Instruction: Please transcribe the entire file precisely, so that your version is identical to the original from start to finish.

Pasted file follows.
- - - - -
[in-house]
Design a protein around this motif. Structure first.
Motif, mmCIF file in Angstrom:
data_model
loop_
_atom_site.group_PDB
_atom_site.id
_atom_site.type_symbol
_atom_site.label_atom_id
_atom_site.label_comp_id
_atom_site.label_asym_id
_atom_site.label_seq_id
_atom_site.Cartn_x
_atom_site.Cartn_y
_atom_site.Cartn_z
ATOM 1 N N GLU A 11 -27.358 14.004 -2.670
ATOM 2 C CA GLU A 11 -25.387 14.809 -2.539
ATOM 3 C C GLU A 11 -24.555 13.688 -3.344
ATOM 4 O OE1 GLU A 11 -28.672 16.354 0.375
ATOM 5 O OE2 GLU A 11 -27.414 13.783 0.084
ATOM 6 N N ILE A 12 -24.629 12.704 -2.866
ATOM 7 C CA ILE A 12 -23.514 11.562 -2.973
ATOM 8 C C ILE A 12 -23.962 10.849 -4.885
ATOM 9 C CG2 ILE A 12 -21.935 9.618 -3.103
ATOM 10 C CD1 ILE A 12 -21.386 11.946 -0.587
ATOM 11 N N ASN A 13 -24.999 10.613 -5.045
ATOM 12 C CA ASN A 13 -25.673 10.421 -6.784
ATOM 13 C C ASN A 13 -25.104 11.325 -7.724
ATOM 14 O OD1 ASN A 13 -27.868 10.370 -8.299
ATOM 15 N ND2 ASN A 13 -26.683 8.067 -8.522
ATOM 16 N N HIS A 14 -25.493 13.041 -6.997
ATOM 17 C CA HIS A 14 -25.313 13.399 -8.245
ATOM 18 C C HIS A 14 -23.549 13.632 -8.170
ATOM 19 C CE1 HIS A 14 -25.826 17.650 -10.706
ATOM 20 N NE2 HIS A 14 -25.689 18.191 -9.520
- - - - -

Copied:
[in-house]
Design a protein around this motif. Structure first.
Motif, mmCIF file in Angstrom:
data_model
loop_
_atom_site.group_PDB
_atom_site.id
_atom_site.type_symbol
_atom_site.label_atom_id
_atom_site.label_comp_id
_atom_site.label_asym_id
_atom_site.label_seq_id
_atom_site.Cartn_x
_atom_site.Cartn_y
_atom_site.Cartn_z
ATOM 1 N N GLU A 11 -27.358 14.004 -2.670
ATOM 2 C CA GLU A 11 -25.387 14.809 -2.539
ATOM 3 C C GLU A 11 -24.555 13.688 -3.344
ATOM 4 O OE1 GLU A 11 -28.672 16.354 0.375
ATOM 5 O OE2 GLU A 11 -27.414 13.783 0.084
ATOM 6 N N ILE A 12 -24.629 12.704 -2.866
ATOM 7 C CA ILE A 12 -23.514 11.562 -2.973
ATOM 8 C C ILE A 12 -23.962 10.849 -4.885
ATOM 9 C CG2 ILE A 12 -21.935 9.618 -3.103
ATOM 10 C CD1 ILE A 12 -21.386 11.946 -0.587
ATOM 11 N N ASN A 13 -24.999 10.613 -5.045
ATOM 12 C CA ASN A 13 -25.673 10.421 -6.784
ATOM 13 C C ASN A 13 -25.104 11.325 -7.724
ATOM 14 O OD1 ASN A 13 -27.868 10.370 -8.299
ATOM 15 N ND2 ASN A 13 -26.683 8.067 -8.522
ATOM 16 N N HIS A 14 -25.493 13.041 -6.997
ATOM 17 C CA HIS A 14 -25.313 13.399 -8.245
ATOM 18 C C HIS A 14 -23.549 13.632 -8.170
ATOM 19 C CE1 HIS A 14 -25.826 17.650 -10.706
ATOM 20 N NE2 HIS A 14 -25.689 18.191 -9.520